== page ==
To bridge this gap it borrows money, but this is paid back - with interest.
The government gets most of its income from taxes. For example, workers pay income tax, everyone pays VAT on certain goods and companies pay tax on their profits.
It could, in theory, cover all of its spending from taxes, and in some years that happens.
But if it can't, it needs to either raise taxes, cut spending or borrow.
Higher taxes mean people have less money to spend, so businesses make less profit, which can be bad for jobs and wages. Lower profits also mean companies pay less tax.
So, governments often borrow to boost the economy. They also borrow to pay for big projects - such as new railways and roads - which it also hopes will help the economy.
The government borrows money by selling financial products called bonds.
A bond is a promise to pay money in the future. Most require the borrower to make regular interest payments over the bond's lifetime.
UK government bonds - known as "gilts" - are normally considered very safe, with little risk the money will not be repaid.
Gilts are mainly bought by financial institutions in the UK and abroad, such as pension funds, investment funds, banks and insurance companies.
The Bank of England has also bought hundreds of billions of pounds' worth of government bonds in the past to support the economy, through a process called "quantitative easing".
The amount the government borrows varies from month to month.
When people submit tax returns In January, often paying a large chunk of their annual tax bill in one go, the government sees a jump in the amount of money it takes in.
So it is more helpful to look at the whole year, or the year-to-date.
In the 2022-23 financial year, the government borrowed £139.2bn. That was up by about 15% from last year.
The total amount the government owes is called the national debt. It is currently just over £2.5 trillion.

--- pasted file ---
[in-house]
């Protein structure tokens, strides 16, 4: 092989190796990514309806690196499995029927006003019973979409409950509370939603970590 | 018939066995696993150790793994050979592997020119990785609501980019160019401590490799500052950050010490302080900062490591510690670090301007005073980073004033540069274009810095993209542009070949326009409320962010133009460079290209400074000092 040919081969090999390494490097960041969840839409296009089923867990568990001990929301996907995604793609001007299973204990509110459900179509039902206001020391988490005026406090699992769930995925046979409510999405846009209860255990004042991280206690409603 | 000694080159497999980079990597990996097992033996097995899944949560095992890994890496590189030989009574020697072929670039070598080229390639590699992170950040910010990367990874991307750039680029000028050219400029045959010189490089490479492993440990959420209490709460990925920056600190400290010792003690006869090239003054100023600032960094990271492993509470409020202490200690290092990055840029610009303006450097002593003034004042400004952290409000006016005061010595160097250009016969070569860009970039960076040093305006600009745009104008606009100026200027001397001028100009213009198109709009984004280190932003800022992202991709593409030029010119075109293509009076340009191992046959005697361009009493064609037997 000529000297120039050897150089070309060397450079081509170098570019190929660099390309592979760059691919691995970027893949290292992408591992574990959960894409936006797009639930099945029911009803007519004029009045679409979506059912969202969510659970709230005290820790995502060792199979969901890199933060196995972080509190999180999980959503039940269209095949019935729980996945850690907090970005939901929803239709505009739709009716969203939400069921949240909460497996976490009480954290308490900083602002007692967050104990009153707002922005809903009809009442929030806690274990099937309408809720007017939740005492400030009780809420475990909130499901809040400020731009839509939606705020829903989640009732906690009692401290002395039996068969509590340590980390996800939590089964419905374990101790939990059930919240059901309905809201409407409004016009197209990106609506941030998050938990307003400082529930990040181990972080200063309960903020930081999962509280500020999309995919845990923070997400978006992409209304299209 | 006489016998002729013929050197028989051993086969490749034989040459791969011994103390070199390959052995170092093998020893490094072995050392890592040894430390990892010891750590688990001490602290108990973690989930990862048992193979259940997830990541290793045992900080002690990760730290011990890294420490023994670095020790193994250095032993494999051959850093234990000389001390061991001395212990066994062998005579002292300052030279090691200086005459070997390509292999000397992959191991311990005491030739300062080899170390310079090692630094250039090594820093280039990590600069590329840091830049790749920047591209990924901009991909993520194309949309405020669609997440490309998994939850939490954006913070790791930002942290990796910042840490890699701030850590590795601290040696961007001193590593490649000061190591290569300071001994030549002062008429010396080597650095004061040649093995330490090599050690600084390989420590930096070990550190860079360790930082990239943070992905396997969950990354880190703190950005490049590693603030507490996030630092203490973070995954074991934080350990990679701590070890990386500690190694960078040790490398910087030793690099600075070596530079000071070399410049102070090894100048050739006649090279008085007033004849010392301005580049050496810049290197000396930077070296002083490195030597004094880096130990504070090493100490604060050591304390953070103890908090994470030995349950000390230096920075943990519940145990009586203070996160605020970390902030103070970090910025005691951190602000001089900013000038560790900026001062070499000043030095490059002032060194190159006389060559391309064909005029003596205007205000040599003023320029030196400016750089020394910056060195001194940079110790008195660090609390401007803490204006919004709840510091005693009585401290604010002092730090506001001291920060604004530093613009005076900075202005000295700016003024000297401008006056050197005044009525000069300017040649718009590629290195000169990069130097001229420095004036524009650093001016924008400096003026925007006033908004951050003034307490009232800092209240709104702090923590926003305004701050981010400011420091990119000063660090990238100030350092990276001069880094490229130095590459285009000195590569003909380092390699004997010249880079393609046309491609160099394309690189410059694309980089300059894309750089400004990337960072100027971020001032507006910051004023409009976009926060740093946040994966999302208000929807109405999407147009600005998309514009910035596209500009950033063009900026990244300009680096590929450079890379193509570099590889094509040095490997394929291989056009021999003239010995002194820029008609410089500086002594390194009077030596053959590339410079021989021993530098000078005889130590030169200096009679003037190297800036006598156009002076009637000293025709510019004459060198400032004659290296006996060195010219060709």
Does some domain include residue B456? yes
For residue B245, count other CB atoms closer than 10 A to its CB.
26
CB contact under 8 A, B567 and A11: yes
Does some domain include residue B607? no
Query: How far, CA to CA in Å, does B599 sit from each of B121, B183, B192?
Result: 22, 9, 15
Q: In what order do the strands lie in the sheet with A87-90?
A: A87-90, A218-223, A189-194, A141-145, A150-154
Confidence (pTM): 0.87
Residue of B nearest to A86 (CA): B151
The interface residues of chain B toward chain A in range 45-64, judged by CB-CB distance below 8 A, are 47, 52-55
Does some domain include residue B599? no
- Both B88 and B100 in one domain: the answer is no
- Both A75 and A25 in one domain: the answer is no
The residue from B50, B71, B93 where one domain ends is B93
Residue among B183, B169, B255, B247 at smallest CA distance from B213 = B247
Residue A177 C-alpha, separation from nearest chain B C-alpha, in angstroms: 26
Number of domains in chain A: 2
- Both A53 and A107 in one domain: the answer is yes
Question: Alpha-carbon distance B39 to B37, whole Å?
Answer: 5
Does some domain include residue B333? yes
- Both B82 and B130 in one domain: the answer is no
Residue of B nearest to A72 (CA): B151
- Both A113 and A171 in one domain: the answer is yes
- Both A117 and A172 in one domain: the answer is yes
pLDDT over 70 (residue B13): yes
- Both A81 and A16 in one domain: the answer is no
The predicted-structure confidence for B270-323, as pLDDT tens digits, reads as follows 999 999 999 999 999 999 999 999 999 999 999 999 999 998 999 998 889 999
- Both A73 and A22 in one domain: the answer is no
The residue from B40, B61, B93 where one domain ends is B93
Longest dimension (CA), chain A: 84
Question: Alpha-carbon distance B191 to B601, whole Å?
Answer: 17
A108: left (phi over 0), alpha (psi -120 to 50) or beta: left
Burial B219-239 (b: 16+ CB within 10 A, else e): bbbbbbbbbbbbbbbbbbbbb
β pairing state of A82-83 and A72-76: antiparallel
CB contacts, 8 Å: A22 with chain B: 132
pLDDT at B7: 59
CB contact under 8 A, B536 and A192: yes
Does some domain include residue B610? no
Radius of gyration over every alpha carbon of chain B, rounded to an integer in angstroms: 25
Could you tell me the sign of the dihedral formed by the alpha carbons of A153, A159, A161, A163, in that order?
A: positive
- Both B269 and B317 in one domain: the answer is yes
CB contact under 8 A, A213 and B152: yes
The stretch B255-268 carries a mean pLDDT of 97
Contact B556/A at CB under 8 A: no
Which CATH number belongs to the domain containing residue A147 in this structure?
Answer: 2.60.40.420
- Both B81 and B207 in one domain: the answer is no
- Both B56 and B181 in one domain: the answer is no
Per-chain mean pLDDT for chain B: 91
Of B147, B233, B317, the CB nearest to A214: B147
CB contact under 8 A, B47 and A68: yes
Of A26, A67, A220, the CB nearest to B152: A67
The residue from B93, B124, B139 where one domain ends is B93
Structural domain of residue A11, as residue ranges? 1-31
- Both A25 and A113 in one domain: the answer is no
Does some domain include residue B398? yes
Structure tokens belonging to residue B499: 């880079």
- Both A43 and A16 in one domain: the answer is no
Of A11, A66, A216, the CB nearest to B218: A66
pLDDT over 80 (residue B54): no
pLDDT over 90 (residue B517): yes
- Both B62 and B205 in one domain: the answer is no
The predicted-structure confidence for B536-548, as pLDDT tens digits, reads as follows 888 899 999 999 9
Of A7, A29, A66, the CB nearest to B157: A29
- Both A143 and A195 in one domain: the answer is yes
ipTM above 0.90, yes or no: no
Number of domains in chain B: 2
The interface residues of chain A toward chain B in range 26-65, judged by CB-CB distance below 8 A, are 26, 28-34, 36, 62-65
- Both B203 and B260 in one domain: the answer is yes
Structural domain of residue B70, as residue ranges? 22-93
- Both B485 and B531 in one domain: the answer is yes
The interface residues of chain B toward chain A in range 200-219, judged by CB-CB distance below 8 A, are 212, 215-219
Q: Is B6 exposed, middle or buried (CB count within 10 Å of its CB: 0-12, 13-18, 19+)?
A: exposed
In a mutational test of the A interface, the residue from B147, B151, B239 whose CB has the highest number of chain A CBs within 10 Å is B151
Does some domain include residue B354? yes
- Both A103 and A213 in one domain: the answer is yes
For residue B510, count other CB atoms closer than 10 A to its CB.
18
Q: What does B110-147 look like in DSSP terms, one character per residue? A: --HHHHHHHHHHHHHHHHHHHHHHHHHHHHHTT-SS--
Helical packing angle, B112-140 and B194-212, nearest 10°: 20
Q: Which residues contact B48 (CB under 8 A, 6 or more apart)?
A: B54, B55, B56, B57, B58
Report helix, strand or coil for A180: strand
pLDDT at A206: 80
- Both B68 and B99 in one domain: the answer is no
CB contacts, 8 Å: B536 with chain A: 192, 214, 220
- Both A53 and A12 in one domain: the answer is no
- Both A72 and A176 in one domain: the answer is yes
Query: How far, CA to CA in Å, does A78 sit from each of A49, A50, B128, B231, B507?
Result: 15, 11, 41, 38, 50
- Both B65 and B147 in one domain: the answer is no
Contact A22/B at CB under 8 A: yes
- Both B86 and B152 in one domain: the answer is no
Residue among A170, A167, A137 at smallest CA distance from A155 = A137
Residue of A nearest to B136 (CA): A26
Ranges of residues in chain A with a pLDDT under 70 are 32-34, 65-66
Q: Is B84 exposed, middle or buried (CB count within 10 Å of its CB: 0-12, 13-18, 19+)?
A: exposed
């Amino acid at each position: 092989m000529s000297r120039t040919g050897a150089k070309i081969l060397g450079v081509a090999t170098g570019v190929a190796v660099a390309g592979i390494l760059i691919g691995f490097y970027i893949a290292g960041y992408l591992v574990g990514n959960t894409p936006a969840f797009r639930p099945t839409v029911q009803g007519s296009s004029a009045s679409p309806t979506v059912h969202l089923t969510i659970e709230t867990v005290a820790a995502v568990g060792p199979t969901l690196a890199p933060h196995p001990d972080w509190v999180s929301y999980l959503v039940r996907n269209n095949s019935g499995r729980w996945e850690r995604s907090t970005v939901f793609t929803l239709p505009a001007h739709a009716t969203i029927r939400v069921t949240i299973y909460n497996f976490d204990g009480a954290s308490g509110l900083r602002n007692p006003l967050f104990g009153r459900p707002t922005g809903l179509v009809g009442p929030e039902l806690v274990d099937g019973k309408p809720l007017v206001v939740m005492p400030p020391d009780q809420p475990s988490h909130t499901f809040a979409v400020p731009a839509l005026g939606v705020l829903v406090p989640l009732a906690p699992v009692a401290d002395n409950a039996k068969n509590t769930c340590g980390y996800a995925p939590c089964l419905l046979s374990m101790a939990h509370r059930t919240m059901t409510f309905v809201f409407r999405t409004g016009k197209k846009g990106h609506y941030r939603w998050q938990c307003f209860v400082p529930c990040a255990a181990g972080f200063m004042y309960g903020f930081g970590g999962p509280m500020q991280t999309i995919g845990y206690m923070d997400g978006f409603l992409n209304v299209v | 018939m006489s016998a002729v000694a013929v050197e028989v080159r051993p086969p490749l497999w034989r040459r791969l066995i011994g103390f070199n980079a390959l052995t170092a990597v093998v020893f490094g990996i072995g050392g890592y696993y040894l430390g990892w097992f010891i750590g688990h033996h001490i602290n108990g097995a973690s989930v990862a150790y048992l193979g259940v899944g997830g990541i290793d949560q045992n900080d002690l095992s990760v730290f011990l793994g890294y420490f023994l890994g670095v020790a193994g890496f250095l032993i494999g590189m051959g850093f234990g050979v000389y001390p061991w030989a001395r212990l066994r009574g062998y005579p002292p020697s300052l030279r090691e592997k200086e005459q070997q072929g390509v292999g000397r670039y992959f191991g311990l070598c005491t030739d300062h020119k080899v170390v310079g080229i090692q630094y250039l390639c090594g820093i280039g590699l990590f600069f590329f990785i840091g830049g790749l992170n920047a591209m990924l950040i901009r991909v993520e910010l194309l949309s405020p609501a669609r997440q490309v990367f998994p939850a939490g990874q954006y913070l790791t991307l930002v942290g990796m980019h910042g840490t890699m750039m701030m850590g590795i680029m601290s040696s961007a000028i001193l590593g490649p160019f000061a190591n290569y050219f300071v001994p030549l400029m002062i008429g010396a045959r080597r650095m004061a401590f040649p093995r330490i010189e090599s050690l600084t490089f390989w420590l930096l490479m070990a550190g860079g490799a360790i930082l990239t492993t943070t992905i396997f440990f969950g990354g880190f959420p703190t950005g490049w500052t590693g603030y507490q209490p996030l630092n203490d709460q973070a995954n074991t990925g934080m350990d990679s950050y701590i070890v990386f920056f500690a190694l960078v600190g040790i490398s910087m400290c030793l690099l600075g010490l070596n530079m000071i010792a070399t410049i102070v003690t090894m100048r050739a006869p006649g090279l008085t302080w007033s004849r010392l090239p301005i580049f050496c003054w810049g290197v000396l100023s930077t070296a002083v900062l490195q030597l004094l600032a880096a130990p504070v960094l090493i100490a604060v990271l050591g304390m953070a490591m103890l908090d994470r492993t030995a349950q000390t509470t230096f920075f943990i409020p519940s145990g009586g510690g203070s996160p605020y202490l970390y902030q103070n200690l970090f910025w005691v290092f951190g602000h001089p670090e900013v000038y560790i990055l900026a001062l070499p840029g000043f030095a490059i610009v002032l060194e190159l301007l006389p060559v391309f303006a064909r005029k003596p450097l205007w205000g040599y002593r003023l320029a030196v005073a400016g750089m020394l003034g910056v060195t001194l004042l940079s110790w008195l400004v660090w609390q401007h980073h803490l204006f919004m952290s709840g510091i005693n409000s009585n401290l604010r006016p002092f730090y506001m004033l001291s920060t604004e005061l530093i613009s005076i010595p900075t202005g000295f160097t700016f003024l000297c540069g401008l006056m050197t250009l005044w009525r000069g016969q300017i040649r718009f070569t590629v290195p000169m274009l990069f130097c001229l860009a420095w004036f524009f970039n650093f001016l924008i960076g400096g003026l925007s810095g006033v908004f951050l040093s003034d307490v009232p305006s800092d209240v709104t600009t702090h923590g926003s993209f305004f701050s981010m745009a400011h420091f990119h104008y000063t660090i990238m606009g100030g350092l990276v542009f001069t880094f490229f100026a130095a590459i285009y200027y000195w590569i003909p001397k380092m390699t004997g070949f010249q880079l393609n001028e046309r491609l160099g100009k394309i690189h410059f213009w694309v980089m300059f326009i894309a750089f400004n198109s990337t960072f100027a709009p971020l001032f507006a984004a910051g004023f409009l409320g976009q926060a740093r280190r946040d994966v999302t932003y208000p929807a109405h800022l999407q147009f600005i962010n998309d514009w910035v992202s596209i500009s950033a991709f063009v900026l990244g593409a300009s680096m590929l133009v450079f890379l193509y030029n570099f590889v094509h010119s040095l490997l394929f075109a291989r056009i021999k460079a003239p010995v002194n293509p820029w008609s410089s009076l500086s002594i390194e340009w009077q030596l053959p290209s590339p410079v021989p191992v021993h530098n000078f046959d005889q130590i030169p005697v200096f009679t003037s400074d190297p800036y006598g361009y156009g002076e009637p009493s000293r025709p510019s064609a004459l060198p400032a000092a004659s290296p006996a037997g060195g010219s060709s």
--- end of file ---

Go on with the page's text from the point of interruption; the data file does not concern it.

That is roughly the same as the value of all the goods and services produced in the UK in a year, known as the gross domestic product, or GDP.
That current level is more than double what was seen from the 1980s through to the financial crisis of 2008.
The combination of the financial crash and the Covid pandemic pushed the UK's debt up from those historic lows to its current level.
But in relation to the size of the economy, today's debt is still low compared with much of the last century, as shown above, and also compared with many leading advanced economies.
The larger the national debt gets, the more interest the government has to pay.
That extra cost was not as big when the interest rates due were low through the 2010s. But it is more noticeable now that interest rates have risen.
Two months in 2022 saw record levels of money set aside for debt interest: £20bn in June and £18bn in December.
During the last financial year, the government put aside £106.6bn on debt interest - more than it spends on education.
Some economists fear the government is borrowing too much, at too great a cost.
Others argue extra borrowing helps the economy grow faster - generating more tax revenue in the long run.
Most economists and politicians agree that debt cannot keep growing compared to the size of the economy forever, because at some point it becomes impossible to pay the interest.
But there is debate about whether or how fast to cut borrowing.
Growing the economy is another way to bring down the main measure of the total national debt: its size compared to GDP.
Governments often increase borrowing when they face unusually difficult situations, such as the coronavirus pandemic, or the current cost-of-living crisis.
Chancellor Jeremy Hunt has blamed the "twin global emergencies of a pandemic and Putin's war in Ukraine" for driving up government costs.
He has said it is "vital [that] we stick to our plan to reduce debt over the medium term".
Prime Minister Rishi Sunak also made reducing the national debt one of his five key promises.
The deficit is the gap between the government's income and the amount it spends.
When a government spends less than its income, it has what is known as a surplus.
Debt is the total amount of money owed by the government that has built up over years.
It rises when there is a deficit, and falls in those years when there is a surplus.